The Google Phone has landed. It’s the HTC G1 and it’s supposed to kick Windows Mobile’s and iPhone’s ass in one fell swoop with its open source operating system and physical keyboard. Or something. Maybe not. The interwebs already start dismantling Google’s own god phone:
– no desktop syncing (everything gets synced with Google’s cloud thingies)
– no video playback except stuff on YouTube (developers should be adding this stuff apparently)
– no multitouch (this is a G1 specific hardware problem)
– no integrated storage (takes micro SD cards and comes with a mediocre 1GB micro SD card)
– no Exchange support (that’s something for the suits, no need to bother my consumer mind about it)
– no audio jack (that’s right people, you have to use a miniUSB adapted dongle to hookup your headphones to this thing, but it’s okay because…)
– the music playback interface is horrendous (so you probably won’t feel like listening to music anyway)
And there’s more…
Android looks like a mess right now, with missing bits, reliance on developers to bring features that really should have been in there from the start, a future app store that seems rather open to malware developers. Even though Apple is going overboard with their control of the apps these days, I’d rather have some certainty that my personal info is safe, thank you.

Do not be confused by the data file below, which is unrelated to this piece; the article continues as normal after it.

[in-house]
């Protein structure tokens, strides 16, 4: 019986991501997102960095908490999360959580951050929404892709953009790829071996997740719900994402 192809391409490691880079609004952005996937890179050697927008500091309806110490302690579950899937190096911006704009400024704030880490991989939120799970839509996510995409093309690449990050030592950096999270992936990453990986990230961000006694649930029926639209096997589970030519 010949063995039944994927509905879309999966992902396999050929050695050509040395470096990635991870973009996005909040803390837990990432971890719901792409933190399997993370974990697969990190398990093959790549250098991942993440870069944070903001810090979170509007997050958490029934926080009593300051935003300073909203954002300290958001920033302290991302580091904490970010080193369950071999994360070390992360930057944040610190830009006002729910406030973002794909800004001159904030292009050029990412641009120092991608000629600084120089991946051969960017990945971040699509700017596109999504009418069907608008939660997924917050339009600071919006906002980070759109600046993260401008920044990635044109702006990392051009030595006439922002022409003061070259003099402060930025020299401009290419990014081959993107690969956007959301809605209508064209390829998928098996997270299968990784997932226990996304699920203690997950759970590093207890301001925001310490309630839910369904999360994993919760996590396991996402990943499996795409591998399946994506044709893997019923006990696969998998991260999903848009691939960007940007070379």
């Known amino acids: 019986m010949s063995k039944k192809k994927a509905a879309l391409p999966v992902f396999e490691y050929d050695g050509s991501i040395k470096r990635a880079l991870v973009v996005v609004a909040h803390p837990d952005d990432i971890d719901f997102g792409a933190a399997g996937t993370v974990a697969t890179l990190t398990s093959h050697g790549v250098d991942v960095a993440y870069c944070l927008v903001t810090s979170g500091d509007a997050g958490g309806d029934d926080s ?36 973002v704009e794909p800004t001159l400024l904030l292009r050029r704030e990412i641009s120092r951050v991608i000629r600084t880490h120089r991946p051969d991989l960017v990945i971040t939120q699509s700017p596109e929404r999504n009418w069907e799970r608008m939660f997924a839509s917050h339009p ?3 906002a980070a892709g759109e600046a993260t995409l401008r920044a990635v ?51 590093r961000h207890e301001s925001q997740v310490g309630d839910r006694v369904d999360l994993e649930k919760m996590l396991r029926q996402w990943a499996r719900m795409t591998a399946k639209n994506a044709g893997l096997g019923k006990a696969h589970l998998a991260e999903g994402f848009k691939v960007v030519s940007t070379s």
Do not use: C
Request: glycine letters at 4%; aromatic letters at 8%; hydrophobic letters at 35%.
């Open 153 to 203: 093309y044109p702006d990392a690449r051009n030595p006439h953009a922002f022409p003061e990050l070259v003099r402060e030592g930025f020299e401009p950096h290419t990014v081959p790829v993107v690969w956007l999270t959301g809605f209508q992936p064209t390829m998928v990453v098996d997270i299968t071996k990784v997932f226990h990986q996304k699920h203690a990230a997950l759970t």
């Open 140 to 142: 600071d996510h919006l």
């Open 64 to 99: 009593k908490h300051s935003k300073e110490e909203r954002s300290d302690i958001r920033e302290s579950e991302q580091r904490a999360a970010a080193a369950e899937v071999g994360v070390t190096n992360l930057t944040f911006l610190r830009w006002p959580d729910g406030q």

And this is only when only one device is on the market. Imagine what will happen when dozens of handsets will start popping out with their myriads of feature variations.
The G1 is supposed to be a consumer device, and it’s supposed to be at least on par with the iPhone. But considering all these flaws makes me wonder if it’s even fit for a consumer device, as it looks more like a hacker’s play toy right now.
Sure, the iPhone had its fair share of flaws when it was launched, but even then it was ahead of today’s G1 when it comes to polish and being ready to go. This is not the way to launch an iPhone alternative.